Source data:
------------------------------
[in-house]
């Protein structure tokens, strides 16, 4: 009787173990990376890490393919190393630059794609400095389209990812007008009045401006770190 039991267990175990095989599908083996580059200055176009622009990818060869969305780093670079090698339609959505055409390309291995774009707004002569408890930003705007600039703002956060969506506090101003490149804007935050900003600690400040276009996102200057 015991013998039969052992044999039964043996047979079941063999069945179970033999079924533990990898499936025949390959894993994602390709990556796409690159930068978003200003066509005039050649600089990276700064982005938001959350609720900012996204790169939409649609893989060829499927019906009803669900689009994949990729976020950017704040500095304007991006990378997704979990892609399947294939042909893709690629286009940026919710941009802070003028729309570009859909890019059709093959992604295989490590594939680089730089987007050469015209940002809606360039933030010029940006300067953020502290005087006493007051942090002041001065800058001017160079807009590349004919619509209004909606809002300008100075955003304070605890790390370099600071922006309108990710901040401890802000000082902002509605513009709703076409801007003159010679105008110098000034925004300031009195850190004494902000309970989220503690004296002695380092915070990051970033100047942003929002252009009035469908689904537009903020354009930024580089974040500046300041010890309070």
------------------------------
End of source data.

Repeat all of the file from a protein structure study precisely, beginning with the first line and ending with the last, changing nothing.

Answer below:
[in-house]
């Protein structure tokens, strides 16, 4: 009787173990990376890490393919190393630059794609400095389209990812007008009045401006770190 039991267990175990095989599908083996580059200055176009622009990818060869969305780093670079090698339609959505055409390309291995774009707004002569408890930003705007600039703002956060969506506090101003490149804007935050900003600690400040276009996102200057 015991013998039969052992044999039964043996047979079941063999069945179970033999079924533990990898499936025949390959894993994602390709990556796409690159930068978003200003066509005039050649600089990276700064982005938001959350609720900012996204790169939409649609893989060829499927019906009803669900689009994949990729976020950017704040500095304007991006990378997704979990892609399947294939042909893709690629286009940026919710941009802070003028729309570009859909890019059709093959992604295989490590594939680089730089987007050469015209940002809606360039933030010029940006300067953020502290005087006493007051942090002041001065800058001017160079807009590349004919619509209004909606809002300008100075955003304070605890790390370099600071922006309108990710901040401890802000000082902002509605513009709703076409801007003159010679105008110098000034925004300031009195850190004494902000309970989220503690004296002695380092915070990051970033100047942003929002252009009035469908689904537009903020354009930024580089974040500046300041010890309070």